Similarity-Based Predictive Models: Sensitivity Analysis and a Biological Application with Multi-Attributes

Jeniffer D. Sanchez, Leandro C. Rêgo, Raydonal Ospina, Víctor Leiva, Christophe Chesneau, Cecilia Castro

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Resumen

Predictive models based on empirical similarity are instrumental in biology and data science, where the premise is to measure the likeness of one observation with others in the same dataset. Biological datasets often encompass data that can be categorized. When using empirical similarity-based predictive models, two strategies for handling categorical covariates exist. The first strategy retains categorical covariates in their original form, applying distance measures and allocating weights to each covariate. In contrast, the second strategy creates binary variables, representing each variable level independently, and computes similarity measures solely through the Euclidean distance. This study performs a sensitivity analysis of these two strategies using computational simulations, and applies the results to a biological context. We use a linear regression model as a reference point, and consider two methods for estimating the model parameters, alongside exponential and fractional inverse similarity functions. The sensitivity is evaluated by determining the coefficient of variation of the parameter estimators across the three models as a measure of relative variability. Our results suggest that the first strategy excels over the second one in effectively dealing with categorical variables, and offers greater parsimony due to the use of fewer parameters.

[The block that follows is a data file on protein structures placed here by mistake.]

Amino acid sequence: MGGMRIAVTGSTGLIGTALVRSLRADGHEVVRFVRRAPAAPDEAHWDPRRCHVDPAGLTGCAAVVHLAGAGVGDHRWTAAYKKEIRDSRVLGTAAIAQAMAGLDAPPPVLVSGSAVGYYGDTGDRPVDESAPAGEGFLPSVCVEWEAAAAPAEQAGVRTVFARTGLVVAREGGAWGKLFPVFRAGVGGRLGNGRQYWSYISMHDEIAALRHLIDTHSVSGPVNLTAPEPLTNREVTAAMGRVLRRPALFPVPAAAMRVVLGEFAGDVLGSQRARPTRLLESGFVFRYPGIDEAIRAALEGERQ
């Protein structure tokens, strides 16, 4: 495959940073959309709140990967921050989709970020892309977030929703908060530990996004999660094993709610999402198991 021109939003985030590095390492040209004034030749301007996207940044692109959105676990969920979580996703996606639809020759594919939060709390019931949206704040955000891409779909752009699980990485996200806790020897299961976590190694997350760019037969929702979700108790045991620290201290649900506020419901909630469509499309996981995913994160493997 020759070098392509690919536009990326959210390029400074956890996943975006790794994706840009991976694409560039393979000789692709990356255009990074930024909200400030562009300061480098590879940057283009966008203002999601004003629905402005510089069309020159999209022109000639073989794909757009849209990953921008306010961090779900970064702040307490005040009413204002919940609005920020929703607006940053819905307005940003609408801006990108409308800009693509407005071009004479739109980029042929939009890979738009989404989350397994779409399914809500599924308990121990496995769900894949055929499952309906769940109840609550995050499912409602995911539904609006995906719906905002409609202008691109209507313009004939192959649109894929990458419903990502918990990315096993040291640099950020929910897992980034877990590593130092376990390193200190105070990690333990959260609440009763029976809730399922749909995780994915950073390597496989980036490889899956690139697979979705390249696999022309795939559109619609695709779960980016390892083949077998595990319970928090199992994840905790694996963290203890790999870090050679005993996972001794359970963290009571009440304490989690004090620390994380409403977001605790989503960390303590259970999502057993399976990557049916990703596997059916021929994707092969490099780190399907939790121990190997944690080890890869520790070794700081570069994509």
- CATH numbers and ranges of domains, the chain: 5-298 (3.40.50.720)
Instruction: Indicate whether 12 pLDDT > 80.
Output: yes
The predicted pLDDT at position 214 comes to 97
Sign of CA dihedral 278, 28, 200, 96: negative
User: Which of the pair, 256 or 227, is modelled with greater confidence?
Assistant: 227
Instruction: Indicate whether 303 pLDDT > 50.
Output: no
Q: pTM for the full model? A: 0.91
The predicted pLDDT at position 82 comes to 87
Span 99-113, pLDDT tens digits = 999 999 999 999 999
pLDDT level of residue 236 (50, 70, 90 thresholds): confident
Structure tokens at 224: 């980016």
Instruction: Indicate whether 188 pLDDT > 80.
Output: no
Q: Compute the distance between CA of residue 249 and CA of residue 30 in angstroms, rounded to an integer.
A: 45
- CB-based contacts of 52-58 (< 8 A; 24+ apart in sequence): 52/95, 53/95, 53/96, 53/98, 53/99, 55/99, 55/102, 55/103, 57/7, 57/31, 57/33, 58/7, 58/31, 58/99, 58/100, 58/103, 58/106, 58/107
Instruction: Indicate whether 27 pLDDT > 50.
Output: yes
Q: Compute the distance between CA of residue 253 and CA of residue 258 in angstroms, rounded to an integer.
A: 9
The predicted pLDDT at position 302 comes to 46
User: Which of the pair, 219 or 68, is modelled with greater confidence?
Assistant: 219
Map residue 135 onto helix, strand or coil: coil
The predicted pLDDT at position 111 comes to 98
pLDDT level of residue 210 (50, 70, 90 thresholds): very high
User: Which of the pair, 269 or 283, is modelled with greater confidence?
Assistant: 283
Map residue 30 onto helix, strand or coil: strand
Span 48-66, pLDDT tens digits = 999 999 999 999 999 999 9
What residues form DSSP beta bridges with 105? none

Idioma originalInglés
Número de artículo959
PublicaciónBiology
Volumen12
N.º7
DOI
EstadoPublicada - jul. 2023

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